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Texas Economy Continues Expansion but Shows Signs of Cooling

Dylan Szeto, Christopher Slijk and Jason Saving

November 14, 2018

Texas economic growth remains robust but is showing signs of moderating. While many major Texas metros saw employment gains in the third quarter, state job growth was slower compared with the first half of the year. On the whole, the Texas labor market continues to tighten. The unemployment rate hit a record low in September, and reports of wage pressures persist. Housing indicators suggest supply and demand constraints, with a drop in home sales and affordability coinciding with low inventories.

Though the Texas Manufacturing Outlook Survey (TMOS) and Texas Service Sector Outlook Survey (TSSOS) headline indexes dipped in October, both remained above their long-term averages. Respondents indicated rising input price pressure related to tariffs and wages, but their comments and selling-price indexes indicate firms are struggling to pass these costs onto consumers. Oil production continues to grow in Texas despite ongoing concerns about Permian Basin pipeline capacity.

Job Growth Cools in Third Quarter

Texas employment expanded at an annualized 2.4 percent rate in third quarter 2018, slower than in the previous two quarters. Even so, Texas is still outpacing the nation in job growth. Many major metros saw stronger growth in the third quarter than in the first half of the year (Chart 1). Houston, Austin and El Paso led the way, with all three metros growing at a 3.9 percent annualized rate. This growth coincided with expansion in the energy, technology and defense sectors. Slowing in Texas' overall rate of job growth is related to more sluggish activity in the state's smaller metro and nonmetro areas as well as in Fort Worth. The Texas Business Outlook Surveys (TBOS) continue to show that respondents on net are increasing employment and expanding the number of hours worked.

The Dallas Fed forecasts that Texas employment growth will be between 2.2 and 3.2 percent in 2018. This would be above the 2017 growth rate (2.1 percent) as well as the state's long-run average of 2.0 percent.

Chart 1

Unemployment Reaches Historical Low

Texas' unemployment rate fell to a historical low of 3.8 percent in September, suggesting that labor markets have continued to tighten (Chart 2). Broader measures of labor market slack—including discouraged and marginally attached workers and those working part-time for economic reasons—also fell in September. TBOS wages and benefits indexes remained elevated in October, and many respondents noted upward wage pressures and difficulty finding qualified labor. Despite the new low, the Texas jobless rate was slightly above the nation's 3.7 percent rate.

Chart 2

Revenue, Production Soften but Remain Above Average

The three-month moving averages of the TSSOS revenue index and TMOS production index fell but remained positive in October, indicating continued growth (Chart 3). Both indexes are still well above their long-term averages. The TSSOS and TMOS company outlook indexes have ticked down in recent months but remained elevated in October, suggesting continued optimism among respondents. However, TBOS and Beige Book comments indicated that tariffs were increasing uncertainty, and labor shortages were impeding growth.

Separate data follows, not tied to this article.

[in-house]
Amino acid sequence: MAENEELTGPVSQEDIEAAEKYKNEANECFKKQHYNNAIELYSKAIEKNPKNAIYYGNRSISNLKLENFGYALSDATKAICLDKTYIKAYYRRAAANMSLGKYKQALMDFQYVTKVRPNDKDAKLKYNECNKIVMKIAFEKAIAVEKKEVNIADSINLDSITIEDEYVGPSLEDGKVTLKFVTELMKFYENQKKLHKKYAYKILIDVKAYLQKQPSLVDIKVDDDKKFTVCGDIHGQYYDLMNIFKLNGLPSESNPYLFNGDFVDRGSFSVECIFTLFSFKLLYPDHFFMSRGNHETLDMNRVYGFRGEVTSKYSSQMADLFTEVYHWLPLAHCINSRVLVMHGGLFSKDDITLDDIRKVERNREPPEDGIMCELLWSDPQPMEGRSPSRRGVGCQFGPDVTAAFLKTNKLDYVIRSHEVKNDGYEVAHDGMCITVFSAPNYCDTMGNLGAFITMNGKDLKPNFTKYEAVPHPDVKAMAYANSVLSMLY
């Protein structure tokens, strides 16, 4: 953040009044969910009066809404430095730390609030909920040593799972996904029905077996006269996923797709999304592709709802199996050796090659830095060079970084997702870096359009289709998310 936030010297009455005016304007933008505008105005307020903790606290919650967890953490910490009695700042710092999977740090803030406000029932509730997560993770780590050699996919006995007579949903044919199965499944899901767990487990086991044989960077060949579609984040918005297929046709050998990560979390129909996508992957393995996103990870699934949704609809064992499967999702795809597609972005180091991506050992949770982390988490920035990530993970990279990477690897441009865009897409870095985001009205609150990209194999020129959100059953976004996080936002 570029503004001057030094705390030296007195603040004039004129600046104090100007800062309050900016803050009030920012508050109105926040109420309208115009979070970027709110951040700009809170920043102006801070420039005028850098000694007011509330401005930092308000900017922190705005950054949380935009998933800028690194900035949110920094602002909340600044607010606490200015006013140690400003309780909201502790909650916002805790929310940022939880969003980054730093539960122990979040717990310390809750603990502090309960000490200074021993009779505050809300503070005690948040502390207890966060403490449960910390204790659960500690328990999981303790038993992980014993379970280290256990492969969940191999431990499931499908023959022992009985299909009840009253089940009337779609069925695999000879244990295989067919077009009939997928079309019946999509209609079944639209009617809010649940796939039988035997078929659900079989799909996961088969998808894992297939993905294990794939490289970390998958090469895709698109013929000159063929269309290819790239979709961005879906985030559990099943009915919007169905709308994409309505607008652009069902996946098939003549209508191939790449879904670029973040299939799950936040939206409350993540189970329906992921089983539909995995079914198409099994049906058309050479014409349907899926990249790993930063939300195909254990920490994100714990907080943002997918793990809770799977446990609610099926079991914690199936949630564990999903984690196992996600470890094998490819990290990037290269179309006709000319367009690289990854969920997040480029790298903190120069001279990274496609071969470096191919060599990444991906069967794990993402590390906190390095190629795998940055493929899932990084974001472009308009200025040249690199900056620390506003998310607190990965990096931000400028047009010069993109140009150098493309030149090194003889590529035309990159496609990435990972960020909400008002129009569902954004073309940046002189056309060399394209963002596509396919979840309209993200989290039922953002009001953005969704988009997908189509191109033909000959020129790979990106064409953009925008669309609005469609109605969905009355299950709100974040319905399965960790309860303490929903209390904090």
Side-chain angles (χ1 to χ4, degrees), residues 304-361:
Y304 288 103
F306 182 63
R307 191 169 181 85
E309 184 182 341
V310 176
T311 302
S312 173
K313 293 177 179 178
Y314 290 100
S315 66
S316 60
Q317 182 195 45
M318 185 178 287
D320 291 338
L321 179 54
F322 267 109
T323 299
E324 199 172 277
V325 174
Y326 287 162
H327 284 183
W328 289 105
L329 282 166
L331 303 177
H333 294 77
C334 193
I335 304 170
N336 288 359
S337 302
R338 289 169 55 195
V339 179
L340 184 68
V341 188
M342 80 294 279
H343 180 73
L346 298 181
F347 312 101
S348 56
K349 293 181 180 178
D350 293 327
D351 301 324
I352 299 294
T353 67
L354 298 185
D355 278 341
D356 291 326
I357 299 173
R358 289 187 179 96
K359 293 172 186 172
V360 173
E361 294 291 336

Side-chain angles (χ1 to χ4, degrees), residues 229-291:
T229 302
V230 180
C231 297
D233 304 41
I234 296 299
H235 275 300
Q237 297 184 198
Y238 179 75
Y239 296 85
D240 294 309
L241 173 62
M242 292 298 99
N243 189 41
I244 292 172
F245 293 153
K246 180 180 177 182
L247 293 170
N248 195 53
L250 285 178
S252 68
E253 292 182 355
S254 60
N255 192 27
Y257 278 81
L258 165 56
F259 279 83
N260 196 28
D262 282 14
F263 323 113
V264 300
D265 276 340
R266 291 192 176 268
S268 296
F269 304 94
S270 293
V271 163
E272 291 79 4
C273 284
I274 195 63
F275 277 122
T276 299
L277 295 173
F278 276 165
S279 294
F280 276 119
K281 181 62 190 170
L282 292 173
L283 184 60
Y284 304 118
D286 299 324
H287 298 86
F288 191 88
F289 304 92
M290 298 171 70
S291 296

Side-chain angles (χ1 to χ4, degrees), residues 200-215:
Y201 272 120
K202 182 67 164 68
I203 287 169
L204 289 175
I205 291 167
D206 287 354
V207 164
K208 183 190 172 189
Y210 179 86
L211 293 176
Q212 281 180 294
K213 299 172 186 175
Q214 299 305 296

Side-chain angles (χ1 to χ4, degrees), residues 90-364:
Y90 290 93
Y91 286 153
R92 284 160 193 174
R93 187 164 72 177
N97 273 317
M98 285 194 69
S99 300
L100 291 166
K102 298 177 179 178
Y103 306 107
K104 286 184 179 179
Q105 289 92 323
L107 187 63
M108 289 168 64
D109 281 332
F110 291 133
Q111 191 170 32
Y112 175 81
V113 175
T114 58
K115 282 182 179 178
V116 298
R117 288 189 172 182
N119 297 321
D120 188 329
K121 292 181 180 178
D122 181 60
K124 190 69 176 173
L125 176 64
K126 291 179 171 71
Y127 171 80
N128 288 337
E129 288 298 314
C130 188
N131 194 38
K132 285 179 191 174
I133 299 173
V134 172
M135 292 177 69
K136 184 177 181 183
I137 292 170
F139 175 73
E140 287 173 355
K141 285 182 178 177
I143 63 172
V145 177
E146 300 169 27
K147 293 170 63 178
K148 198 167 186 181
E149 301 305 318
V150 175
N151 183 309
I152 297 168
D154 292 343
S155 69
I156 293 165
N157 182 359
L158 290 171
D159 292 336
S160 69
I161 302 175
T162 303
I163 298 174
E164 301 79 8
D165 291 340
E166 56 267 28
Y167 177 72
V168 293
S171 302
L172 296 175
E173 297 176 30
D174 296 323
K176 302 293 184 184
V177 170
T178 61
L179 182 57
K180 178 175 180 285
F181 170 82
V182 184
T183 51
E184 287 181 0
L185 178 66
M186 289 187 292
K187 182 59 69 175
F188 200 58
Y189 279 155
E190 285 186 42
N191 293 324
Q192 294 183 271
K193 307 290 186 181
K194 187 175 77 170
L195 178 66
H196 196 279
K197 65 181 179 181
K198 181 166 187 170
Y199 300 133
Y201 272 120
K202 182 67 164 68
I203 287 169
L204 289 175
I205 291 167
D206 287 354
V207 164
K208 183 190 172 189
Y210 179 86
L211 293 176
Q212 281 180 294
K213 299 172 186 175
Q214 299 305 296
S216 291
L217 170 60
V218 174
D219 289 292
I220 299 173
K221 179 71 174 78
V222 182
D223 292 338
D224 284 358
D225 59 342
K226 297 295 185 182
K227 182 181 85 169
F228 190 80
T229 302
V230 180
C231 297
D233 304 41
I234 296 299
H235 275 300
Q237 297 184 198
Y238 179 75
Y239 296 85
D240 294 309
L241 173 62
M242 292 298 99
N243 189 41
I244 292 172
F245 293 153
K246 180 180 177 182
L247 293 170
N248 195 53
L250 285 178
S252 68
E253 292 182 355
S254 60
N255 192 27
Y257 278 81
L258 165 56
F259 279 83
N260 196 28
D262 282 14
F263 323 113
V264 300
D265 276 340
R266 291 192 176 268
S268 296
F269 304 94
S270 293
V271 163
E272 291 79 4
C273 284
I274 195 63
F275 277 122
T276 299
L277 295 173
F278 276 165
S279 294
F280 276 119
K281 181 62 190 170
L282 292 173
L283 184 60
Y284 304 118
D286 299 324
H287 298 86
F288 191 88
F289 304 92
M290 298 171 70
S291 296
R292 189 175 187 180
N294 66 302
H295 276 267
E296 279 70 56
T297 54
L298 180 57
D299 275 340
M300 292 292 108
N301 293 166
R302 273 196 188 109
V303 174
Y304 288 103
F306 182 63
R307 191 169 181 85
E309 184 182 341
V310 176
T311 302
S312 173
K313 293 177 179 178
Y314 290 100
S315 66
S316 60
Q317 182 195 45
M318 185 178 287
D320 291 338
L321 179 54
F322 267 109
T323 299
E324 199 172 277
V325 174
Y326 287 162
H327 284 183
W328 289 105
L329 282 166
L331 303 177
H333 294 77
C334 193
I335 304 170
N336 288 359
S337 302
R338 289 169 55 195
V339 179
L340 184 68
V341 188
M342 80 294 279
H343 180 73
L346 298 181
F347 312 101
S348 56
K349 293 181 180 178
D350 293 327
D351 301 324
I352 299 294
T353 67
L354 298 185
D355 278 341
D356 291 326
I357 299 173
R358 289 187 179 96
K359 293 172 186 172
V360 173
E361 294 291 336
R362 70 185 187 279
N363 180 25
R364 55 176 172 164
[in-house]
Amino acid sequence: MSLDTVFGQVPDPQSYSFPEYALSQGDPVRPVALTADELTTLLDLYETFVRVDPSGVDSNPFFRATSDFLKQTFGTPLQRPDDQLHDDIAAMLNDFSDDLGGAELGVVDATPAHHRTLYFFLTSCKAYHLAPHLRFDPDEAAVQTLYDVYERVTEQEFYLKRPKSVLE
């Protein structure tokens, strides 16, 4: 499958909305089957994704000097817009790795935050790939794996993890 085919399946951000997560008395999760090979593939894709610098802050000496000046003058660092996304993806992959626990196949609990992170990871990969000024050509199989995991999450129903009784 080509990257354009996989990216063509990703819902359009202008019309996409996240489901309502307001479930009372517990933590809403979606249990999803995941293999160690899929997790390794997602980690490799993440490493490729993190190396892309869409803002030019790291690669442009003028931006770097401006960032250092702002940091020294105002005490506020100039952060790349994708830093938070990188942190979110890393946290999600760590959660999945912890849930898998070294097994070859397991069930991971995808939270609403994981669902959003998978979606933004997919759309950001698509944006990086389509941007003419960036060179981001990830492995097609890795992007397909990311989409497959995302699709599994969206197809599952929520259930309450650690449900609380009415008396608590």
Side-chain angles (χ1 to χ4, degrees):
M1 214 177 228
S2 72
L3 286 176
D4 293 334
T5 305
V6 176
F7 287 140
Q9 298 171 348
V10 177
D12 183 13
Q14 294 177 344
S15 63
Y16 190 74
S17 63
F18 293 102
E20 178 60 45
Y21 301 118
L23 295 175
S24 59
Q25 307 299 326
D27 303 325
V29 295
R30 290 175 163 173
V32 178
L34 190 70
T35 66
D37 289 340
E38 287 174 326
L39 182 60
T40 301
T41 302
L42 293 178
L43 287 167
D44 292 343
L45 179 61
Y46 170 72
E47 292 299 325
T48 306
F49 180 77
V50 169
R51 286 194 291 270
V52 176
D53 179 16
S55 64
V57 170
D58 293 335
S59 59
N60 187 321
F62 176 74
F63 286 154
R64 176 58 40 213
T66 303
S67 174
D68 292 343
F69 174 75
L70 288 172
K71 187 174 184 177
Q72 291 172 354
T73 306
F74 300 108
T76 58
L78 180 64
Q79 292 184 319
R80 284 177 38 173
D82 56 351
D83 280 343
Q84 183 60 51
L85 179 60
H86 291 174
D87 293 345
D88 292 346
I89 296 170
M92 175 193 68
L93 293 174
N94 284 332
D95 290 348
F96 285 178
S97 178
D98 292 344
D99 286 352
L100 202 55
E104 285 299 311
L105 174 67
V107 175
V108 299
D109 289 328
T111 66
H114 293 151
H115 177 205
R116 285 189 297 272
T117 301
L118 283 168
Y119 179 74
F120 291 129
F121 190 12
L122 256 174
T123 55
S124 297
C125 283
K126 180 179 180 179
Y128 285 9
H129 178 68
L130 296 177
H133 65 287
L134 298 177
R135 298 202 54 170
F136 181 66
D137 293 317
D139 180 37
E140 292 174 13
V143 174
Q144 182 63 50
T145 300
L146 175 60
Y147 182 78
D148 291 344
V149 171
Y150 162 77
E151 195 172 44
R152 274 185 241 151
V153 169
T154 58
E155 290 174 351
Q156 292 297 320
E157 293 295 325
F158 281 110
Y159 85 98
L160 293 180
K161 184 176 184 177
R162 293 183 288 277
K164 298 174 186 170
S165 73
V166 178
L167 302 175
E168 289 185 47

Chart 3

Selling Prices Rise for Manufacturing, Service Sector Firms

The TMOS prices for raw materials index reached a seven-year high in October, and the TSSOS input price index has jumped as well. Selling price indexes have also increased, but not nearly as quickly as the input price indexes (Chart 4). This is consistent with survey comments noting that, while labor constraints and tariffs have increased costs, businesses are struggling to pass these costs on to consumers.

Chart 4

Home Sales Moderate amid Tight Housing Market

The Texas housing market has decelerated somewhat over the past few months in what could be a sign of both supply and demand issues. Home sales in September slowed across most price categories, including the $250,000 to $749,999 range, which has driven growth in recent years (Chart 5). Sales in that price range, while slowing, remain elevated. Existing-home inventory of 3.7 months in September suggests that a tight housing market could be constraining Texas home sales, but rising mortgage rates and the subsequent dip in housing affordability across Texas metros also could be factors. The Federal Housing Finance Agency's purchase-only House Price Index for Texas rose about 6 percent between second quarter 2017 and second quarter 2018.

Chart 5

Texas Oil Production on the Rise

Texas oil production continues to set new records, with West Texas Intermediate (WTI) oil prices hovering around $70 per barrel in October. Permian Basin oil production is forecast to reach 3.5 million barrels per day (b/d) in October, while Eagle Ford production is expected to reach 1.4 million b/d (Chart 6). The Texas rig count expanded to 533 in October from 528 in September. Pipeline capacity constraints, which affected prices received for oil in the Permian, may have contributed to slower growth in Texas rig counts. However, the spread between WTI Cushing and WTI Midland narrowed from $12 per barrel in September to $6 in October, which could in part be due to the announcement of new pipeline capacity coming online. A headwind to the energy sector is steel tariffs, which 52 percent of respondents to the third-quarter Dallas Fed Energy Survey said had either a slight or large negative effect on their business.

Chart 6

About the Authors

Szeto is a business operations analyst, Slijk is an assistant economist and Saving is a senior research economist and advisor at the Federal Reserve Bank of Dallas.

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